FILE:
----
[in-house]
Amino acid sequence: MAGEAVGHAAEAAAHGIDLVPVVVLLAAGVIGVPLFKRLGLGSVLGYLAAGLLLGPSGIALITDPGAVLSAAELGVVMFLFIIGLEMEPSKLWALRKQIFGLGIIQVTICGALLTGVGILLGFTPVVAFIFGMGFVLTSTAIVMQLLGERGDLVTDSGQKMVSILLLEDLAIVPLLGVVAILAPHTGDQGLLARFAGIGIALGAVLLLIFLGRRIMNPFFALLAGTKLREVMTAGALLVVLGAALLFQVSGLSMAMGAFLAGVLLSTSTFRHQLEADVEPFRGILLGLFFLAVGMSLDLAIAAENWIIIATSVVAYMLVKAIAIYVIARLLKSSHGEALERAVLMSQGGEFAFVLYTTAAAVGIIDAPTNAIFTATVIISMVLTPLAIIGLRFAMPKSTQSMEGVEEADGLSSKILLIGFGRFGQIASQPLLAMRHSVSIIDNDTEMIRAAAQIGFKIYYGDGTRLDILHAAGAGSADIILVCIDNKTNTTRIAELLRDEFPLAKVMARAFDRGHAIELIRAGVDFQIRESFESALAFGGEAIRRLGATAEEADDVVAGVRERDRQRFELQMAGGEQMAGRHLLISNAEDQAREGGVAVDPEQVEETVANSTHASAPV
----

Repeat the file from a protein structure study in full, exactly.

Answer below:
[in-house]
Amino acid sequence: MAGEAVGHAAEAAAHGIDLVPVVVLLAAGVIGVPLFKRLGLGSVLGYLAAGLLLGPSGIALITDPGAVLSAAELGVVMFLFIIGLEMEPSKLWALRKQIFGLGIIQVTICGALLTGVGILLGFTPVVAFIFGMGFVLTSTAIVMQLLGERGDLVTDSGQKMVSILLLEDLAIVPLLGVVAILAPHTGDQGLLARFAGIGIALGAVLLLIFLGRRIMNPFFALLAGTKLREVMTAGALLVVLGAALLFQVSGLSMAMGAFLAGVLLSTSTFRHQLEADVEPFRGILLGLFFLAVGMSLDLAIAAENWIIIATSVVAYMLVKAIAIYVIARLLKSSHGEALERAVLMSQGGEFAFVLYTTAAAVGIIDAPTNAIFTATVIISMVLTPLAIIGLRFAMPKSTQSMEGVEEADGLSSKILLIGFGRFGQIASQPLLAMRHSVSIIDNDTEMIRAAAQIGFKIYYGDGTRLDILHAAGAGSADIILVCIDNKTNTTRIAELLRDEFPLAKVMARAFDRGHAIELIRAGVDFQIRESFESALAFGGEAIRRLGATAEEADDVVAGVRERDRQRFELQMAGGEQMAGRHLLISNAEDQAREGGVAVDPEQVEETVANSTHASAPV